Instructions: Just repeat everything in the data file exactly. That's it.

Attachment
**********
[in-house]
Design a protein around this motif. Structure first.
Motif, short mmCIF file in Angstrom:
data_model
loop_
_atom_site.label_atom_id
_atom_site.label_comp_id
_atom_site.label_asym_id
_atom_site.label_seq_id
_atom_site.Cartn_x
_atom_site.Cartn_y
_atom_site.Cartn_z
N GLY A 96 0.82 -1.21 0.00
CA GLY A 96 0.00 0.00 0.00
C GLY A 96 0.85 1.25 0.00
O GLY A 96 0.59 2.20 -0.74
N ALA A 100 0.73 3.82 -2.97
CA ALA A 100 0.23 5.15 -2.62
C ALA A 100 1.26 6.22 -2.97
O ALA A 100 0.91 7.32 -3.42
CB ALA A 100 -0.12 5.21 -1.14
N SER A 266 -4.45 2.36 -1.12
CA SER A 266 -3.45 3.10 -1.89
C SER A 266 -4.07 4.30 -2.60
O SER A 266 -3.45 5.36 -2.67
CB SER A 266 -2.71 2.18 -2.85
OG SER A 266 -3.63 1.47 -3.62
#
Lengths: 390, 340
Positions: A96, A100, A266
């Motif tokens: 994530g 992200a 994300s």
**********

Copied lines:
[in-house]
Design a protein around this motif. Structure first.
Motif, short mmCIF file in Angstrom:
data_model
loop_
_atom_site.label_atom_id
_atom_site.label_comp_id
_atom_site.label_asym_id
_atom_site.label_seq_id
_atom_site.Cartn_x
_atom_site.Cartn_y
_atom_site.Cartn_z
N GLY A 96 0.82 -1.21 0.00
CA GLY A 96 0.00 0.00 0.00
C GLY A 96 0.85 1.25 0.00
O GLY A 96 0.59 2.20 -0.74
N ALA A 100 0.73 3.82 -2.97
CA ALA A 100 0.23 5.15 -2.62
C ALA A 100 1.26 6.22 -2.97
O ALA A 100 0.91 7.32 -3.42
CB ALA A 100 -0.12 5.21 -1.14
N SER A 266 -4.45 2.36 -1.12
CA SER A 266 -3.45 3.10 -1.89
C SER A 266 -4.07 4.30 -2.60
O SER A 266 -3.45 5.36 -2.67
CB SER A 266 -2.71 2.18 -2.85
OG SER A 266 -3.63 1.47 -3.62
#
Lengths: 390, 340
Positions: A96, A100, A266
């Motif tokens: 994530g 992200a 994300s």